Uncertainty over the global economy and freighter demand are complicating that task. Nippon Cargo Airlines parent Nippon Yusen KK announced March 24 that it was canceling its final two orders of the 747 freighter variant, which has a list price of $387.5 million. Although buyers typically negotiate steep discounts, it was “just too big, too expensive,” said Neel Jones Shah, a consultant who formerly headed cargo operations for Delta Air lines Inc.
While the four-engine 747 is one of the best-selling jets in Boeing’s history, the latest version has struggled to gain sales as airlines shift to more-efficient twin-engine aircraft for long-range flying. The planemaker had a backlog of just 26 unfilled orders through the end of February, 19 of them freighter models, while its order tally for the year stands at two cancellations. There are also five “white tails” -- the nickname for jets built without an airline buyer -- taped up and sitting in storage.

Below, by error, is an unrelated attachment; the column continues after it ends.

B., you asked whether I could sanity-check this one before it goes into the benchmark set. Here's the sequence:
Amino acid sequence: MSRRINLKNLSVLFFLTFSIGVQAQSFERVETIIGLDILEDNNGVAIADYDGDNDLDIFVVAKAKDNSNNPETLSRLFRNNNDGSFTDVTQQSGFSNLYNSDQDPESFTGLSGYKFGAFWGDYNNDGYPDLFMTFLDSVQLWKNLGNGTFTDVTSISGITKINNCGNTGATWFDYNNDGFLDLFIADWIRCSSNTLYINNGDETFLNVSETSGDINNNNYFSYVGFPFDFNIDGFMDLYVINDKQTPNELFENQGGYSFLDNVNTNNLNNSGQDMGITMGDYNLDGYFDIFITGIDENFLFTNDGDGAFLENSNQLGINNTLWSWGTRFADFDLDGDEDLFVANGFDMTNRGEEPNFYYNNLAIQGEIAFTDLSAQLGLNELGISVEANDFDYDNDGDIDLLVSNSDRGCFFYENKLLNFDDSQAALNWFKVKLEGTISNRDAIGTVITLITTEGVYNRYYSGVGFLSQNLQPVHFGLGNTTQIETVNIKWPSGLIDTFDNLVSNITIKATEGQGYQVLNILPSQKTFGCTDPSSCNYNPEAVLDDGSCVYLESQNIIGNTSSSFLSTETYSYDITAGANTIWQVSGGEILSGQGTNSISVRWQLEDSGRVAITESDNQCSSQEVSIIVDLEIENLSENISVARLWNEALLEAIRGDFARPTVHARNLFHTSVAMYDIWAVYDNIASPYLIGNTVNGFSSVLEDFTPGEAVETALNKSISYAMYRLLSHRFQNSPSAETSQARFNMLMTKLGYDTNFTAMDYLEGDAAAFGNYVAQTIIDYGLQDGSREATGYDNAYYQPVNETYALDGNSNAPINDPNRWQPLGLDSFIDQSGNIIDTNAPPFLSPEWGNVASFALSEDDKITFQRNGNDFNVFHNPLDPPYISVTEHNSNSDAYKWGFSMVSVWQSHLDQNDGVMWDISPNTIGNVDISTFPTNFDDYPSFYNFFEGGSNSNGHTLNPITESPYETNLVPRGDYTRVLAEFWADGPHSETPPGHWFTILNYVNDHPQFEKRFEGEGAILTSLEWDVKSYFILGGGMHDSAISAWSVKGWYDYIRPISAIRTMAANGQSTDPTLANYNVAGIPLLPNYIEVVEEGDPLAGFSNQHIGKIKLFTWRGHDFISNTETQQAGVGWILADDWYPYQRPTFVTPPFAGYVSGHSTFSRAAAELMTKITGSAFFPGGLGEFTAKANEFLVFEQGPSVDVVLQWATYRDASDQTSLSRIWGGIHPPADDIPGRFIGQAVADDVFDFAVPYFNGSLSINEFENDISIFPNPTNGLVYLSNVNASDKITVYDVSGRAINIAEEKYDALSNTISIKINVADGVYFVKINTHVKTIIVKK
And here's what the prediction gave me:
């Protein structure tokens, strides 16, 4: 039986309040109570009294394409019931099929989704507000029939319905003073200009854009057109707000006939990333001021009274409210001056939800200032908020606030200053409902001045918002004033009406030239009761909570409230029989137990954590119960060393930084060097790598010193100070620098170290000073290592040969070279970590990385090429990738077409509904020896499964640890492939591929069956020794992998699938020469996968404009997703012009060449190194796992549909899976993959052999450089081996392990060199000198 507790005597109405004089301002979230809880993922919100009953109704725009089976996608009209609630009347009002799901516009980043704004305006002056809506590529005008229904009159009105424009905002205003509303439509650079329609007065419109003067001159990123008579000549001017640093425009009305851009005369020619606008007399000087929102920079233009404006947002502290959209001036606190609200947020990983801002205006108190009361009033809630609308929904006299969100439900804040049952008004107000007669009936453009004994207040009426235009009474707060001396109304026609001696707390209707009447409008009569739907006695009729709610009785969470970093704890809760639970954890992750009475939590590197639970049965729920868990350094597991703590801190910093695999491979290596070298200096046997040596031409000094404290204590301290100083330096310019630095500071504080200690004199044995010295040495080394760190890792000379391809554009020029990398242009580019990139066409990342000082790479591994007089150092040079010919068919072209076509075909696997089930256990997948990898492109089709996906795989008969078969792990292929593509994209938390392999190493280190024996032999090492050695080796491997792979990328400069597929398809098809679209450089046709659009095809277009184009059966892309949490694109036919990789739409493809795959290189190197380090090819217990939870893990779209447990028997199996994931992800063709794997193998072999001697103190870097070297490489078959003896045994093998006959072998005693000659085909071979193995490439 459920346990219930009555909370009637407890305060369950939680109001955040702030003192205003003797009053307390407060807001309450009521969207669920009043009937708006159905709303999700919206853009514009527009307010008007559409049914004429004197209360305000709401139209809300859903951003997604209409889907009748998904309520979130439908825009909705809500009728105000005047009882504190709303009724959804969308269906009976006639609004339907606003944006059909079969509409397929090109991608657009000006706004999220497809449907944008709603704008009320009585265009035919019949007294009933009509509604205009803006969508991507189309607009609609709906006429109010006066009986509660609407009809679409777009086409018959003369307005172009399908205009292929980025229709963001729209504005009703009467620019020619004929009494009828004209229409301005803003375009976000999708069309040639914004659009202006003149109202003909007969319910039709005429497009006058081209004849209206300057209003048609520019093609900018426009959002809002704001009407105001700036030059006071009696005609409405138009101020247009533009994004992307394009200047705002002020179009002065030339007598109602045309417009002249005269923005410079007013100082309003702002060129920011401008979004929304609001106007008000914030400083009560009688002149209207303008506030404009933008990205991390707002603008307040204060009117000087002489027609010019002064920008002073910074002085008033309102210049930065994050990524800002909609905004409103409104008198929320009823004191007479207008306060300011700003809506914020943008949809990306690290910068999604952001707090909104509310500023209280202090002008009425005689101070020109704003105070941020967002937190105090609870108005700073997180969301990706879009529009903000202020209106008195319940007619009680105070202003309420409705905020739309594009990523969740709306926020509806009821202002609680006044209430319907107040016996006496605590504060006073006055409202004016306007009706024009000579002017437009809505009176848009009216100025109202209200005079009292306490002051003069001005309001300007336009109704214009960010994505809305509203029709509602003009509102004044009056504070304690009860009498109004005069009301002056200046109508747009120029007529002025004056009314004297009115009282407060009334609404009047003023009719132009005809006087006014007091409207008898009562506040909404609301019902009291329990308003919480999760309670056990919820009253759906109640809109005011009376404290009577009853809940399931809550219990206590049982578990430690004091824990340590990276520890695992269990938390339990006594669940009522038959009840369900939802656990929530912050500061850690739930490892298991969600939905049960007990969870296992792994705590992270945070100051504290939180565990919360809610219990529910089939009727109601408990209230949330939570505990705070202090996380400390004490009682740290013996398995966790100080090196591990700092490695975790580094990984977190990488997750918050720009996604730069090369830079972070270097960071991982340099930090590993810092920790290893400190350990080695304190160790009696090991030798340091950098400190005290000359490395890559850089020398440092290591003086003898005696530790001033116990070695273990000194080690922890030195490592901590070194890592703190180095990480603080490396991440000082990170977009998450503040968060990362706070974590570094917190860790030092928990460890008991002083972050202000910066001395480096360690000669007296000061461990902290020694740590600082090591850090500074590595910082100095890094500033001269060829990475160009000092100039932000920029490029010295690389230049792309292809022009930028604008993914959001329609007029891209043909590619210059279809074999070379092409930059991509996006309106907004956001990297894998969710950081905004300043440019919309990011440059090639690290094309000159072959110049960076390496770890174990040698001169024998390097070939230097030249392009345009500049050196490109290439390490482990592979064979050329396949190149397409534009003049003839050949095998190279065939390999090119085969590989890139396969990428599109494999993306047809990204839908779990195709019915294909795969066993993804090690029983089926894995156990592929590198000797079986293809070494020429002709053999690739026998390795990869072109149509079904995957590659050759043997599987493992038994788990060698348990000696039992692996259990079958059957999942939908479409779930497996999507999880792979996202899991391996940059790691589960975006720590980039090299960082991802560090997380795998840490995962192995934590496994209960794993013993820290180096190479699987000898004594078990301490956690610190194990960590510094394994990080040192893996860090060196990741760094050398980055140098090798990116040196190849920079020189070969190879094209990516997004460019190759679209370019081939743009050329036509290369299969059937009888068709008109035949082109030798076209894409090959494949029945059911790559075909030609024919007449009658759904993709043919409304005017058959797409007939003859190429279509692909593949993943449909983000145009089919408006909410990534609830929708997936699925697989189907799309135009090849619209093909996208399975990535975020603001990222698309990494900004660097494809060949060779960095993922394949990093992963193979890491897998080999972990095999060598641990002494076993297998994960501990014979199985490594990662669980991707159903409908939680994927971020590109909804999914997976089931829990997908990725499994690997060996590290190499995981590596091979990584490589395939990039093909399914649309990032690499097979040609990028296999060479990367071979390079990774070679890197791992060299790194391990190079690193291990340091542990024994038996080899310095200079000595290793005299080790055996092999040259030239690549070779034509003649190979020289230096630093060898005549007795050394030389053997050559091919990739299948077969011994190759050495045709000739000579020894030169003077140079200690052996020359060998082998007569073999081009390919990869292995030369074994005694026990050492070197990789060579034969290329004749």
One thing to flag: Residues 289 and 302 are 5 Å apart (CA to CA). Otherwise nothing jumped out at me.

To market analysts like George Hamlin, the UPS order is a sign of more deals to come, barring a global recession or other market turmoil. That deal alone could keep Boeing’s 747 in production for another four years.
A generation of older air freighters will soon need to be retired, and the Boeing jumbo has standout technology, from its fuel-efficient engines to nose that flips open to load oversize freight, said the Hamlin Transportation Consulting president.
“UPS is a bellwether or bell cow, whatever term you want to use,” said Hamlin, a former Airbus Group SE executive. “In the intervening time period with UPS bridging the gap, it’s possible other orders may appear.”
Global air freight in January increased by 6.9% from a year earlier, down from the 10% growth in December but far outpacing the 3% average annual pace recorded over the past five years, according to the International Air Transport Association, an aviation trade group.
“The 747-8’s future is closely tied to the cargo market, and we’re keeping a close eye on that segment as it continues to show signs of improvement,” said Randy Tinseth, a Boeing vice president for marketing.
By Julie Johnsson